“Living nature… is not an ornament, and it’s not a decoration. It’s a basic complement of the façade of the building.” - Stefano Boeri.


During our part-virtual, part-real life adventure, 24 Hours in Milan, Tom spoke to Stefano Boeri, leading Milanese architect and urban planner.


They discuss the city of Milan, and its history of being the design capital of the world since the beginning of the 20th century; not just in terms of the art scene, but also in the fashion and architectural realms.


“There’s something about Milan – which isn’t a huge city – which allows creativity to flourish” (Tom Dixon).


"[Milan] is not a metropolis in terms of extension... [but] it is super intense." (Stefano Boeri).


Stefano Boeri portrait 


Stefano also speaks to Tom about his first encounter with the design world through his mother, Cini Boeri. Cini was one of the first women to embrace the world of architecture and design and was one of the most important female figures of post-World War II Italian design culture. 


“[Cini] was changing the perception of women and what they can do. Architecture wasn’t open to women when she started.”


“She decided to go ahead and construct a professional career in such a brilliant way, never ever giving up…” 


Stefano also discusses launching the Bosco Vertical (Vertical Forest) project. Amidst growing concerns surrounding cities' immense contribution towards climate change, Stefano proposes a unique urban design to combat the problem. Towers are covered in vegetation to counter the effects of deforestation and to improve urban air quality.  Underlying this project is the relationship between architecture and trees, and nature and cities – which Stefano believes to be in “an alliance”.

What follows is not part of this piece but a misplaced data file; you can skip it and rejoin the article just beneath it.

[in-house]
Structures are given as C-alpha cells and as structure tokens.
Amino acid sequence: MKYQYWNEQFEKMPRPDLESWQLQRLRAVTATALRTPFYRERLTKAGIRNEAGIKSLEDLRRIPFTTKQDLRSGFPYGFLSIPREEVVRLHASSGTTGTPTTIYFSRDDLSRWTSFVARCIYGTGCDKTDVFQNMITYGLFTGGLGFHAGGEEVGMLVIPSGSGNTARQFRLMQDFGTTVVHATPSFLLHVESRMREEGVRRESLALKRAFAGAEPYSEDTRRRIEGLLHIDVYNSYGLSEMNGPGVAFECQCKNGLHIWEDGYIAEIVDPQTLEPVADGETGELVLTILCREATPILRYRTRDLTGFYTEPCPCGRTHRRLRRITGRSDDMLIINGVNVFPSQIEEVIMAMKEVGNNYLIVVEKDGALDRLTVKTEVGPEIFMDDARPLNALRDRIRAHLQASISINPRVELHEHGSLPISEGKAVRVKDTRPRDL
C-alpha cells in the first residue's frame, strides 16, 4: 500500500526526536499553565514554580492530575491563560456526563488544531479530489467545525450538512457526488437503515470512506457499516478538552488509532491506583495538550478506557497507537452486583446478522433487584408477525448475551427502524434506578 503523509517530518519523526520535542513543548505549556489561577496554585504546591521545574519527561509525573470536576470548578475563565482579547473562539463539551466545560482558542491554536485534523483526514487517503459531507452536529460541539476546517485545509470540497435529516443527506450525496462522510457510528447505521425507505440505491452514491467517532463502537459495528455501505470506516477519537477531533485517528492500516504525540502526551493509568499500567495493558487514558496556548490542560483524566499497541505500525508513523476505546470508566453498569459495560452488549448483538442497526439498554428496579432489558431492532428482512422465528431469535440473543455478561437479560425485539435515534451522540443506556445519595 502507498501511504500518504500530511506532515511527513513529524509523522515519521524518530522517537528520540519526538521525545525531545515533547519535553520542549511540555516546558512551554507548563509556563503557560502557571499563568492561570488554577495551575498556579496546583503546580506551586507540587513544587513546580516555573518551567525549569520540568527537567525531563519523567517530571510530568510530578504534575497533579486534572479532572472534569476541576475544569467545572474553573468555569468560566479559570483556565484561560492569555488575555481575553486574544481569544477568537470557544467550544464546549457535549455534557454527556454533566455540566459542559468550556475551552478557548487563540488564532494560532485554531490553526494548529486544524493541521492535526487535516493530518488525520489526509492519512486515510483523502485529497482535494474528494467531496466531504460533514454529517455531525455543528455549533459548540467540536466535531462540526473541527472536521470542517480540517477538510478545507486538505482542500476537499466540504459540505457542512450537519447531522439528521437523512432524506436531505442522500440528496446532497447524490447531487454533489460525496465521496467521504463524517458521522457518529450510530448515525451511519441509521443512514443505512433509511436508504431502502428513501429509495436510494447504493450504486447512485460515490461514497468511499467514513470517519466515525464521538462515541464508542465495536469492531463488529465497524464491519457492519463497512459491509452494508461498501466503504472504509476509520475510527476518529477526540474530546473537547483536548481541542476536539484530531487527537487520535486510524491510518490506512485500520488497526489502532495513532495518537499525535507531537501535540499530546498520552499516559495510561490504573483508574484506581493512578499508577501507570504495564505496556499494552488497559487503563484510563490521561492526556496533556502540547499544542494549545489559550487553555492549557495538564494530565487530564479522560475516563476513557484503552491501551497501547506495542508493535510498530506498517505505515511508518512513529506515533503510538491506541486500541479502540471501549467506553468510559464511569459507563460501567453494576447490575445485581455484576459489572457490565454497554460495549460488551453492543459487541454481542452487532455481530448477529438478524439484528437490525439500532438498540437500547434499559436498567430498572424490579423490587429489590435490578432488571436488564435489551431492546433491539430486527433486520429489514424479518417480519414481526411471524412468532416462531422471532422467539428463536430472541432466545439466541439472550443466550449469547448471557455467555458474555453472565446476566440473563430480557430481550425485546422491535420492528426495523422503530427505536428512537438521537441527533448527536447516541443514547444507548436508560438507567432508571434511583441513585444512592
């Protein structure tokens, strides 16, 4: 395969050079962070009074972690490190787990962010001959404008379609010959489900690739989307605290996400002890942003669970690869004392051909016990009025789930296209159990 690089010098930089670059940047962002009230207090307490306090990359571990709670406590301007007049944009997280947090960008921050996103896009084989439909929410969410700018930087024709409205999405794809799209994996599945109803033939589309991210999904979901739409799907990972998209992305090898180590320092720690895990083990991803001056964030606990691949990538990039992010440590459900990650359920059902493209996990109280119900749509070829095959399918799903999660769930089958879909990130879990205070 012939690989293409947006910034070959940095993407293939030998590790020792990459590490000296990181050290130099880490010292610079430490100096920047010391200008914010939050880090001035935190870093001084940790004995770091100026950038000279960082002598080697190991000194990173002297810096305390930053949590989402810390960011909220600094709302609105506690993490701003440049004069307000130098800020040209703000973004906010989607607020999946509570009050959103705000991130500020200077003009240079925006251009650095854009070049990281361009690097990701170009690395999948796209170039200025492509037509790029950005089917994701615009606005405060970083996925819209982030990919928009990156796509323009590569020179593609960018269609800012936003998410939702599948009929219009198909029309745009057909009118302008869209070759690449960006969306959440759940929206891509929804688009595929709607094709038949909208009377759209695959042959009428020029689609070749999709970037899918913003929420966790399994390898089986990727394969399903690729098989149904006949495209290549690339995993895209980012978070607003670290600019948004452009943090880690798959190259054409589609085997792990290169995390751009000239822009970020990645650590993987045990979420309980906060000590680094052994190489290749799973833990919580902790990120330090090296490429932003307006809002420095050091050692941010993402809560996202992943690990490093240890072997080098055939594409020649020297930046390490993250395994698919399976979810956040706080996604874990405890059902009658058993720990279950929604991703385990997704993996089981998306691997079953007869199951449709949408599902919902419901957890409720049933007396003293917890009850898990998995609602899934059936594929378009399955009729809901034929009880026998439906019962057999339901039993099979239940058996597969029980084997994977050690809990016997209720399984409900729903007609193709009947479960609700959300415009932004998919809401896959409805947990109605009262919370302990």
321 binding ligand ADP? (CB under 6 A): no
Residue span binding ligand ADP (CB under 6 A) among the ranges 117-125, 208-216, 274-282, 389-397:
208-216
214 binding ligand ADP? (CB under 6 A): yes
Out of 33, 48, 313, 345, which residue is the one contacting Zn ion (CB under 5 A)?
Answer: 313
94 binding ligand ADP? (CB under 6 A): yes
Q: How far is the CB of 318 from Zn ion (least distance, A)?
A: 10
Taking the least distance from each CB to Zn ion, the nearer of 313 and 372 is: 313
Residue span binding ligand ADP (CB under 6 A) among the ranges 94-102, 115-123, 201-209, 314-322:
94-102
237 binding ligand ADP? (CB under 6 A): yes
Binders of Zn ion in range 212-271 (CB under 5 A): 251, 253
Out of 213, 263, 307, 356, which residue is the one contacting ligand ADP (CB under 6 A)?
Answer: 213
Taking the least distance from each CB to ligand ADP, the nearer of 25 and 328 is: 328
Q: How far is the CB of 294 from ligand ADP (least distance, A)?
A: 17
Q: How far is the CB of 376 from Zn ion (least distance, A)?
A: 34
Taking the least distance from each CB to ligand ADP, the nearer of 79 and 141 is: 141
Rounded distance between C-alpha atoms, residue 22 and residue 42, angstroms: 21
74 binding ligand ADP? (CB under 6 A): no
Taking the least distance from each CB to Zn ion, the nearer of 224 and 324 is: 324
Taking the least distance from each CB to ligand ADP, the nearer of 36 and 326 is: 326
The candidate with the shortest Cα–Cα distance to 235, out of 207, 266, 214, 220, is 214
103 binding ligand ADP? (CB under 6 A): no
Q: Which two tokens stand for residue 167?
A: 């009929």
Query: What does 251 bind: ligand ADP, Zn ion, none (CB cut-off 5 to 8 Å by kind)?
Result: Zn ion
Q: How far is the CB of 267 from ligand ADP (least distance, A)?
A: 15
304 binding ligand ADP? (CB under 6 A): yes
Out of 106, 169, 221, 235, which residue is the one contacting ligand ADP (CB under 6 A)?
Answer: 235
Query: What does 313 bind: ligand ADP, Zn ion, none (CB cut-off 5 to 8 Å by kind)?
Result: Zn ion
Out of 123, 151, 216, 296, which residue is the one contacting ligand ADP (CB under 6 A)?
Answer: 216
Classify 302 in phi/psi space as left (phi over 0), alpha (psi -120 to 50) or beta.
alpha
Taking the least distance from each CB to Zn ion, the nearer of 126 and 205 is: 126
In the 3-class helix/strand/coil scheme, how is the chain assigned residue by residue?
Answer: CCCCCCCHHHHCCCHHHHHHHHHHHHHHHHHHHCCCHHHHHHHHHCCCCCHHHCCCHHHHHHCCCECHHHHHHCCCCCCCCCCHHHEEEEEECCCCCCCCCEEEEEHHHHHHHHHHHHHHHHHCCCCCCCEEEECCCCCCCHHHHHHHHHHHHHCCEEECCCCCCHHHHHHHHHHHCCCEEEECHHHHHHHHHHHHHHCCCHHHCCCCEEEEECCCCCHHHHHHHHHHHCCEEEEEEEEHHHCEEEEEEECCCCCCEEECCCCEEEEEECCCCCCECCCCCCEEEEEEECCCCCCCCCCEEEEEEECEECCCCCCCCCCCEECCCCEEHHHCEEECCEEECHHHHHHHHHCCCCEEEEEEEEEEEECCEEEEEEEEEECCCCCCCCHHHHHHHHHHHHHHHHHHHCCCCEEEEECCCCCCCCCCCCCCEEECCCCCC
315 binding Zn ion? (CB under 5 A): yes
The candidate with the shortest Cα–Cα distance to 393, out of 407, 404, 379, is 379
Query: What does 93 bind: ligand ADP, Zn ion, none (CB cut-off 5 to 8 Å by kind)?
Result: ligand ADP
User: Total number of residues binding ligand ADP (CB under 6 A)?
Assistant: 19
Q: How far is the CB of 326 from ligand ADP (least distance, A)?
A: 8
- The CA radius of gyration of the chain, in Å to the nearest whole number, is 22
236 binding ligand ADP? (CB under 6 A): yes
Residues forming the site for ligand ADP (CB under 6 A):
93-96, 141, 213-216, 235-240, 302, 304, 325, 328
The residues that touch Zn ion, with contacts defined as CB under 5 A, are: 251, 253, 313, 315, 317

In this way, the Vertical Forest is based upon architecture using leaves for its facades, which gives vegetation the task of absorbing the dust in the air. In this way, these schemes provide high-density buildings, packed heavily with greenery, as a way to depollute the surrounding environment. This project is now constantly referred to as an exemplar of the way sustainability in cities work. Read more here.


Bosco Vertical (Vertical Forest)

Bosco Vertical (Vertical Forest)

Bosco Vertical (Vertical Forest)



The concept of Urban Forestry lies at the heart of the Vertical Forest. This rests upon the idea that although cities are largely responsibly for climate change problems, there is also an opportunity for them to become an integral part of their own solution. Stefano believes that we must "refine the relationship with nature", so that cities and vegetation are "in parallel.”


 “We need to demineralise our cities, to open our city to the lives of trees and plants, and also to the lives of other living species”


He explains that we all, therefore, have a collective duty to multiply the presence of forests and trees in our cities and to care for our foliage so that it can flourish.


“At the same time, I believe that we have to return to take care of forests and woodlands because they need us in terms of care. “



“I hope it will become similar to an attitude to change our lifestyle and to imagine our future cities from a different perspective.”


Read more here.


Watch the full conversation below.